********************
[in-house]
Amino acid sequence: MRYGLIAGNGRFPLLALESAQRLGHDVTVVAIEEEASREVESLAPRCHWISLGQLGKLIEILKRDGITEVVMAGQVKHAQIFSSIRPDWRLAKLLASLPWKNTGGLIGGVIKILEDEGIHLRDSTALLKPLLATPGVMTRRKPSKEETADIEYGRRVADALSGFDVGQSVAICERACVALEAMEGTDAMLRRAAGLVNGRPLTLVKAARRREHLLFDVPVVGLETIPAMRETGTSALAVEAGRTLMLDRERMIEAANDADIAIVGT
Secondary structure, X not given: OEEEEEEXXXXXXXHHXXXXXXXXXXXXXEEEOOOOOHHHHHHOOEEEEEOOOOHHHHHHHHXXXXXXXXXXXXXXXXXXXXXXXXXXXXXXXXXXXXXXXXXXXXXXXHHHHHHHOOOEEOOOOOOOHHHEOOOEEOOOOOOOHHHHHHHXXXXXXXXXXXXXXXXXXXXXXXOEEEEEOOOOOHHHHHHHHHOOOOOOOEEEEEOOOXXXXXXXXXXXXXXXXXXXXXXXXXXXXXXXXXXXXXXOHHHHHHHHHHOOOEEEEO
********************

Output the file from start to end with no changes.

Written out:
[in-house]
Amino acid sequence: MRYGLIAGNGRFPLLALESAQRLGHDVTVVAIEEEASREVESLAPRCHWISLGQLGKLIEILKRDGITEVVMAGQVKHAQIFSSIRPDWRLAKLLASLPWKNTGGLIGGVIKILEDEGIHLRDSTALLKPLLATPGVMTRRKPSKEETADIEYGRRVADALSGFDVGQSVAICERACVALEAMEGTDAMLRRAAGLVNGRPLTLVKAARRREHLLFDVPVVGLETIPAMRETGTSALAVEAGRTLMLDRERMIEAANDADIAIVGT
Secondary structure, X not given: OEEEEEEXXXXXXXHHXXXXXXXXXXXXXEEEOOOOOHHHHHHOOEEEEEOOOOHHHHHHHHXXXXXXXXXXXXXXXXXXXXXXXXXXXXXXXXXXXXXXXXXXXXXXXHHHHHHHOOOEEOOOOOOOHHHEOOOEEOOOOOOOHHHHHHHXXXXXXXXXXXXXXXXXXXXXXXOEEEEEOOOOOHHHHHHHHHOOOOOOOEEEEEOOOXXXXXXXXXXXXXXXXXXXXXXXXXXXXXXXXXXXXXXOHHHHHHHHHHOOOEEEEO